openDemocracyUK

Shostakovich to Plan B: How to defend a great city with violins

‘iLL Manners’, the first single from London-based rapper Plan B’s forthcoming album of the same name was released on 25th March to critical acclaim. Driven by a sample from Shostakovich’s politically charged ‘Symphony No.7’, Dan Hancox explores the spirit of this appropriation and its resonance among the protests of 2012.  

Dan Hancox
1 April 2012

A quick note on the source material for Plan B's controversial new single about the London riots, Ill Manors (quick link catch-up: Dorian Lynskey on why it's the best protest song in years, and Josh Hall and Richard Osley on the problems with making Plan B a political poster-boy).

The instrumental for Ill Manors was lifted from a German pop song, Peter Fox's Alles Neu (produced, amusingly, by 'The Krauts'), but the original source is this violin riff above from Shostakovich's 7th, generally known as the Leningrad Symphony. Why do I bring this up? Because Shostakovich's 7th is a tremendous example, decades before hardcore or jungle or grime reshaped Britain from the dancefloor upwards, of why political music needn't have vocals in it, shouting in your face about exactly why and how it's political. It's a symphony with a direct, descriptive narrative, quite specifically about the defence of Leningrad from the Nazis during WW2; a stirring call to arms in the face of a relentless, brutalising assault on the collective body. Listen to those artillery-fire drums from the 5:20 mark!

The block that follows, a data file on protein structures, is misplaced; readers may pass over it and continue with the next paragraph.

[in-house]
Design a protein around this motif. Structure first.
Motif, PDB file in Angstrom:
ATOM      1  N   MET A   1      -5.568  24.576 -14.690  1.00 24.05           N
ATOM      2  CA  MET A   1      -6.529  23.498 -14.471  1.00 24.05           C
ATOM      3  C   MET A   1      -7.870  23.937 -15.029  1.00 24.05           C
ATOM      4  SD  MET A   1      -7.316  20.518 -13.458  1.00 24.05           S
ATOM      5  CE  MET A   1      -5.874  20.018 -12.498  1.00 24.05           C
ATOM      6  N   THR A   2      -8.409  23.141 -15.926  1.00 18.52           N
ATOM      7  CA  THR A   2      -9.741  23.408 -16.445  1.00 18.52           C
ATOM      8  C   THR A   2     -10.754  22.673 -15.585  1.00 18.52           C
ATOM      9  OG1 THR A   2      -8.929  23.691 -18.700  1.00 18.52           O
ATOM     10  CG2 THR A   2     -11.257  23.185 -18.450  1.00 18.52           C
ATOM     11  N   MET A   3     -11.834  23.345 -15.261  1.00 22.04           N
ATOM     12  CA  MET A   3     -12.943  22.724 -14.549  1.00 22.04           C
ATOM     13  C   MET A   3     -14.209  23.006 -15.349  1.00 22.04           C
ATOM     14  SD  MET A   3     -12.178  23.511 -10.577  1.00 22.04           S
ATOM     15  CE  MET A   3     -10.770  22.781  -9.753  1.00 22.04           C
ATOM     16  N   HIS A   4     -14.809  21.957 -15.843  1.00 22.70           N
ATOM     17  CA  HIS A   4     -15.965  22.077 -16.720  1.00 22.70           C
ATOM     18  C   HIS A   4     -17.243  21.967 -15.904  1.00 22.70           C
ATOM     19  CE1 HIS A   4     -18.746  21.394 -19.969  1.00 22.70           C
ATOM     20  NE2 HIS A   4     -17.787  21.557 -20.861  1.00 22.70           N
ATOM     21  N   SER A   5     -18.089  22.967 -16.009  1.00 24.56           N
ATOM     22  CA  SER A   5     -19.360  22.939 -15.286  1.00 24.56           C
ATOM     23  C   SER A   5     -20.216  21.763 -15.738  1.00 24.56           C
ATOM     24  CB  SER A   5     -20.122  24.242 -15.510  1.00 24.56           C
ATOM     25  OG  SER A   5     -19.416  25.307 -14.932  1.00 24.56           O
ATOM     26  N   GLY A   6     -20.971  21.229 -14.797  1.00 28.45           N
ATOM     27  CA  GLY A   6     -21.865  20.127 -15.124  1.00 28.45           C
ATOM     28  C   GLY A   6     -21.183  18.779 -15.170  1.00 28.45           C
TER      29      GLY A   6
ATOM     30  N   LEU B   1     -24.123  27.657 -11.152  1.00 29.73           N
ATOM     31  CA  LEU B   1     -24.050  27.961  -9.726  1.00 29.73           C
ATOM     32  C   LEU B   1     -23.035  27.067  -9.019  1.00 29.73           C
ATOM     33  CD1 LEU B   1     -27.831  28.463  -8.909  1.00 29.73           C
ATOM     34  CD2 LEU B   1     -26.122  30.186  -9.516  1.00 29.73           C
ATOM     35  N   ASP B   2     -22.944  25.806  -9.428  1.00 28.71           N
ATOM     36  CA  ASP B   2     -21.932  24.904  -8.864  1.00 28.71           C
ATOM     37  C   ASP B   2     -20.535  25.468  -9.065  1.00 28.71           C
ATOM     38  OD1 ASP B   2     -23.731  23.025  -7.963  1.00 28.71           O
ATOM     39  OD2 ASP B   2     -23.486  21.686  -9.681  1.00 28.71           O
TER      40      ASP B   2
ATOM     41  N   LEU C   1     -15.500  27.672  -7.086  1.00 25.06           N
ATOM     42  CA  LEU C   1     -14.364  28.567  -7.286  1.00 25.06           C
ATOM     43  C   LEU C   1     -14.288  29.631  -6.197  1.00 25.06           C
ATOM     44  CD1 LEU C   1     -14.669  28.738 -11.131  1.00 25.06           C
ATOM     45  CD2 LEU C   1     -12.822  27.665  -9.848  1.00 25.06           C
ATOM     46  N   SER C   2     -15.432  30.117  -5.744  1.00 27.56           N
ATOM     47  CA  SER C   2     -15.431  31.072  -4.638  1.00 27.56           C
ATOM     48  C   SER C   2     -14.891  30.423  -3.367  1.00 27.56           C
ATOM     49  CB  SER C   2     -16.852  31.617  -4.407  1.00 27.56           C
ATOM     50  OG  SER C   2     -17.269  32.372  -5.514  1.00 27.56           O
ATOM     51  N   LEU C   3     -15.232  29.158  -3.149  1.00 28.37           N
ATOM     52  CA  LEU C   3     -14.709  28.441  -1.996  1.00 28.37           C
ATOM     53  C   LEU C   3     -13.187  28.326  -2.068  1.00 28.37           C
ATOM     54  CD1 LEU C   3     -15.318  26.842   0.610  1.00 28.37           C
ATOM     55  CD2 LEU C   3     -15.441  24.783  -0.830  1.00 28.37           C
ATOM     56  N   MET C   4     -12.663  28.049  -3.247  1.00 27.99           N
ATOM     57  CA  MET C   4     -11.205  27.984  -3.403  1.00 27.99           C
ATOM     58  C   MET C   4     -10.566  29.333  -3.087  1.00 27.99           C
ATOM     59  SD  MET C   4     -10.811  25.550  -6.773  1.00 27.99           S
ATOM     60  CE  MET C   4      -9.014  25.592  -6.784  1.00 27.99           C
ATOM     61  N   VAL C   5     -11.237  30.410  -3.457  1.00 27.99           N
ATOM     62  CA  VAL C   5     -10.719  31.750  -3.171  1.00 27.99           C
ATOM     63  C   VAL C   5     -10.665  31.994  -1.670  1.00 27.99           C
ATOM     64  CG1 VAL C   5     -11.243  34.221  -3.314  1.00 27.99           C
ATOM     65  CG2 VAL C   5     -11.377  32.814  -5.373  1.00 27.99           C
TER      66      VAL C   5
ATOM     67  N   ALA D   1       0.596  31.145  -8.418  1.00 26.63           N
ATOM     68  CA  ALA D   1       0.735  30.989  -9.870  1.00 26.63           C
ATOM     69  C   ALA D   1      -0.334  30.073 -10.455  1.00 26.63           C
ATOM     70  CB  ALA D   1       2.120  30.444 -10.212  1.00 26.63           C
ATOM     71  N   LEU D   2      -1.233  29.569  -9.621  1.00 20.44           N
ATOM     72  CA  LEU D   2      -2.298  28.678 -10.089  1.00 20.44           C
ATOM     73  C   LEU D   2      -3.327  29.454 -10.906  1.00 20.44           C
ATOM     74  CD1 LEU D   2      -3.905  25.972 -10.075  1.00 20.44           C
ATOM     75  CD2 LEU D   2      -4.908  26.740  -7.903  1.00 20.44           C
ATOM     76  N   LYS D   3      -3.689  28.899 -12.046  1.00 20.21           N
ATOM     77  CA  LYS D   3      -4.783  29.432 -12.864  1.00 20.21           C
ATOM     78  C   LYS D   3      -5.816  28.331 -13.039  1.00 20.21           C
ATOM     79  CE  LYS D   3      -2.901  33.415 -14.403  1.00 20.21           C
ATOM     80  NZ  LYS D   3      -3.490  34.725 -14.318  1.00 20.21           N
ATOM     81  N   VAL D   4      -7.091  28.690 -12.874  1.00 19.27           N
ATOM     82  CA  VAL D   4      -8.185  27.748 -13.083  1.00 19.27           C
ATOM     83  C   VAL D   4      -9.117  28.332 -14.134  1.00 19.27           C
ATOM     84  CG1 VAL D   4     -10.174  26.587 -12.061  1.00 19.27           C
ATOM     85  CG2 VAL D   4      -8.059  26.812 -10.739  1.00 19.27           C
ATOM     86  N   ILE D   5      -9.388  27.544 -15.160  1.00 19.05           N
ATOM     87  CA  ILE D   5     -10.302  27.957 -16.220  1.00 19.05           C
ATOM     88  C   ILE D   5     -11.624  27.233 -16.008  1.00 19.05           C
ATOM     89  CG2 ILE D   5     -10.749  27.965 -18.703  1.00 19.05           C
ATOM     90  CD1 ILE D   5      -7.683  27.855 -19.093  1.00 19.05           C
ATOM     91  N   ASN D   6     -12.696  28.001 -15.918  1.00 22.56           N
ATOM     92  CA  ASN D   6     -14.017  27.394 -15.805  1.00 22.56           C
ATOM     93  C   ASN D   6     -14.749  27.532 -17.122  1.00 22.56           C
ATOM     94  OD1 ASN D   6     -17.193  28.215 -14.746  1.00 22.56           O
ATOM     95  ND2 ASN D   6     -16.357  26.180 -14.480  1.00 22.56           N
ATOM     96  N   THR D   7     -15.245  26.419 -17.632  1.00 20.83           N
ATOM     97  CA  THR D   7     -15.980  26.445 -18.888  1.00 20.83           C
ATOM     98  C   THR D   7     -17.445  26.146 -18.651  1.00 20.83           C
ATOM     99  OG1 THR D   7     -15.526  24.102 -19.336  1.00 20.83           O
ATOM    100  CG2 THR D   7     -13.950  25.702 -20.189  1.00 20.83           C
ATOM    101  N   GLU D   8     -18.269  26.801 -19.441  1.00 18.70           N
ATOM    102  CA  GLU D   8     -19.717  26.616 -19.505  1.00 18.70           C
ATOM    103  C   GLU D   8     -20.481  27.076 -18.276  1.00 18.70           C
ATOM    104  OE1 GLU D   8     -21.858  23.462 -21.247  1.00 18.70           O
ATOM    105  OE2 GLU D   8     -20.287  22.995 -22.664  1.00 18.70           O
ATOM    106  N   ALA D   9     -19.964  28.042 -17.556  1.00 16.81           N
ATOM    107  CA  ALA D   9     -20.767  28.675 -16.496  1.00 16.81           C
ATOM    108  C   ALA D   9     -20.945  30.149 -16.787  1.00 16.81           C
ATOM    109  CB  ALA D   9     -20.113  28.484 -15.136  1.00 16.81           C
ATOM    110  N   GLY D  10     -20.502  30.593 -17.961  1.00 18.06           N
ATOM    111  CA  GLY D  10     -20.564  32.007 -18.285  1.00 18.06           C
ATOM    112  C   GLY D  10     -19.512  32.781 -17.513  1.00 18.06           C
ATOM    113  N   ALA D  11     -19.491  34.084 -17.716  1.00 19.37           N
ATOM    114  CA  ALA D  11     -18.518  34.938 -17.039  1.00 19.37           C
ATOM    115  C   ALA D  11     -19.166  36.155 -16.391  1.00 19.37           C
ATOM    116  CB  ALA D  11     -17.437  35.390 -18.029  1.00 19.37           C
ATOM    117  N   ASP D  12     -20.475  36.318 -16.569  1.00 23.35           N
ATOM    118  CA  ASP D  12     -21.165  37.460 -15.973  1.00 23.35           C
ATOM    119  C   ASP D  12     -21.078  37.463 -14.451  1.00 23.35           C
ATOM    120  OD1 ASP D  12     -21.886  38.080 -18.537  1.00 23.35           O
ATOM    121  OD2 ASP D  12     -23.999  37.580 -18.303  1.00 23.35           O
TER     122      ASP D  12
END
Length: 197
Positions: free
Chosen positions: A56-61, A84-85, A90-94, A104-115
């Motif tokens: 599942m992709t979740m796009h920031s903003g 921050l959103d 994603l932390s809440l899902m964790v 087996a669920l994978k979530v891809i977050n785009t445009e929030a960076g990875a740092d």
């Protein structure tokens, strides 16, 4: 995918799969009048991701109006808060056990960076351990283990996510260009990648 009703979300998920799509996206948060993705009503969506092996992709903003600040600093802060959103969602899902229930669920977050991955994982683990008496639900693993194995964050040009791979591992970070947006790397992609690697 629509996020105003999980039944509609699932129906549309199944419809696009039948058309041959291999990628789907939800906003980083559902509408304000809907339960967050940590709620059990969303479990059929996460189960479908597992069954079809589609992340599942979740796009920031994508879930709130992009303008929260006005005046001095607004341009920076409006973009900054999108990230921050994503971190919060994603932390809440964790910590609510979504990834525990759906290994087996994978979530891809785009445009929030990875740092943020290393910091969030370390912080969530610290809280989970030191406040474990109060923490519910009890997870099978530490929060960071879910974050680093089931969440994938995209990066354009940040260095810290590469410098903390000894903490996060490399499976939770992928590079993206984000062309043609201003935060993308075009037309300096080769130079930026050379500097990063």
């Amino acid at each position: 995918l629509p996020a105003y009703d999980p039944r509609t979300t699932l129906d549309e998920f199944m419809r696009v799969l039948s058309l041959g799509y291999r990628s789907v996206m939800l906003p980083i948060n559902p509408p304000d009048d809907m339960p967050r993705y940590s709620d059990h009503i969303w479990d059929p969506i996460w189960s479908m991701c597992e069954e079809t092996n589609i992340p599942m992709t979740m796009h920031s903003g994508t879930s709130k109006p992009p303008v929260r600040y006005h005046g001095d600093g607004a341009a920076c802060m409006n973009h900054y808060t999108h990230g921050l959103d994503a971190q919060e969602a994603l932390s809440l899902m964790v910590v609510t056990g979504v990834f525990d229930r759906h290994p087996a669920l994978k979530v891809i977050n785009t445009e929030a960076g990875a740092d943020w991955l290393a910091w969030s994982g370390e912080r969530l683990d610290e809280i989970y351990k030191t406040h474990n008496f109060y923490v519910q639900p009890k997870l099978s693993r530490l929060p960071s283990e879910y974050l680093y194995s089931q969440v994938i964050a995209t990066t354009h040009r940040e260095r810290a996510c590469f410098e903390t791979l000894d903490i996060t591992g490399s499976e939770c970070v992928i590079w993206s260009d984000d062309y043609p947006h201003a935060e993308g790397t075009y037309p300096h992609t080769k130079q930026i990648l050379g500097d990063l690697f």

It's about a great city under siege, and the ordinary people who suffer in its heart frantically trying to resist. A situation I would argue shares some - albeit thankfully less fatal - similarities with London 2012.

 

The opening shot of the Ill Manors music video sees Plan B standing high up on the edge of a London towerblock roof, playing air violin, and looking out over the smoke rising from the city beneath him - surveying the battlefield much like a Soviet general might have done, as the Nazi troops moved in.

How's that for long-lasting political currents in music?

***

PS has anyone else noticed that Ill Manors (the full length film around which the album is based) was green-lit in 2009? Casting took place in August 2010, a year before the UK riots. Makes me think that this whole project is a bit less opportunistic than it first seemed.

Urgent: expose the Brexit dark money

openDemocracy has worked for two years investigating the dark money driving Brexit. We have many more leads to chase down, but need your support to keep going. Please give what you can today – it makes a difference.

Who is bankrolling Britain's democracy? Which groups shape the stories we see in the press; which voices are silenced, and why? Sign up here to find out.

Comments

We encourage anyone to comment, please consult the oD commenting guidelines if you have any questions.
Audio available Bookmark Check Language Close Comments Download Facebook Link Email Newsletter Newsletter Play Print Share Twitter Youtube Search Instagram